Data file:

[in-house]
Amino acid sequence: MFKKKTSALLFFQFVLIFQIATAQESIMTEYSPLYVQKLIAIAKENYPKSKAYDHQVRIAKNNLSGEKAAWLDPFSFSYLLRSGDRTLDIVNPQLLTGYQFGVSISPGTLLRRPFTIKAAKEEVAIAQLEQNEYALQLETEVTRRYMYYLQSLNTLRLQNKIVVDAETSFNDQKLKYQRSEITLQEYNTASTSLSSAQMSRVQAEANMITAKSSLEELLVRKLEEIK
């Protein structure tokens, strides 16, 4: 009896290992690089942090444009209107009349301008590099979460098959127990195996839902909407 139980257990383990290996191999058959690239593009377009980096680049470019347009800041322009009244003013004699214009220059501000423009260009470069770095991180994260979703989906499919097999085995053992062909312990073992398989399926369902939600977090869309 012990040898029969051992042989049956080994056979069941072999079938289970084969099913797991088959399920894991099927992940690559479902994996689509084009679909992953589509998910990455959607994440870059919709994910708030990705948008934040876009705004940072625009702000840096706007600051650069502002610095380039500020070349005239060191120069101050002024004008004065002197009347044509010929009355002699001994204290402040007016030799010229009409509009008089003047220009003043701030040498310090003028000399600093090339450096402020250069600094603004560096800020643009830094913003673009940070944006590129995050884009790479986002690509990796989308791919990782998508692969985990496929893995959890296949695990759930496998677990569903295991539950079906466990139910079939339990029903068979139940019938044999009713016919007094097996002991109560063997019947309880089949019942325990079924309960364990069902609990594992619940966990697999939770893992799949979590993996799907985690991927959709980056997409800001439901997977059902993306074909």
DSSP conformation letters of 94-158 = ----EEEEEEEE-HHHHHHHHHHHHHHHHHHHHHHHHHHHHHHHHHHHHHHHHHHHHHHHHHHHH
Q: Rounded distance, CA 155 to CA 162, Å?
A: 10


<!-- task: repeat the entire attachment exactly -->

[in-house]
Amino acid sequence: MFKKKTSALLFFQFVLIFQIATAQESIMTEYSPLYVQKLIAIAKENYPKSKAYDHQVRIAKNNLSGEKAAWLDPFSFSYLLRSGDRTLDIVNPQLLTGYQFGVSISPGTLLRRPFTIKAAKEEVAIAQLEQNEYALQLETEVTRRYMYYLQSLNTLRLQNKIVVDAETSFNDQKLKYQRSEITLQEYNTASTSLSSAQMSRVQAEANMITAKSSLEELLVRKLEEIK
């Protein structure tokens, strides 16, 4: 009896290992690089942090444009209107009349301008590099979460098959127990195996839902909407 139980257990383990290996191999058959690239593009377009980096680049470019347009800041322009009244003013004699214009220059501000423009260009470069770095991180994260979703989906499919097999085995053992062909312990073992398989399926369902939600977090869309 012990040898029969051992042989049956080994056979069941072999079938289970084969099913797991088959399920894991099927992940690559479902994996689509084009679909992953589509998910990455959607994440870059919709994910708030990705948008934040876009705004940072625009702000840096706007600051650069502002610095380039500020070349005239060191120069101050002024004008004065002197009347044509010929009355002699001994204290402040007016030799010229009409509009008089003047220009003043701030040498310090003028000399600093090339450096402020250069600094603004560096800020643009830094913003673009940070944006590129995050884009790479986002690509990796989308791919990782998508692969985990496929893995959890296949695990759930496998677990569903295991539950079906466990139910079939339990029903068979139940019938044999009713016919007094097996002991109560063997019947309880089949019942325990079924309960364990069902609990594992619940966990697999939770893992799949979590993996799907985690991927959709980056997409800001439901997977059902993306074909």
DSSP conformation letters of 94-158 = ----EEEEEEEE-HHHHHHHHHHHHHHHHHHHHHHHHHHHHHHHHHHHHHHHHHHHHHHHHHHHH
Q: Rounded distance, CA 155 to CA 162, Å?
A: 10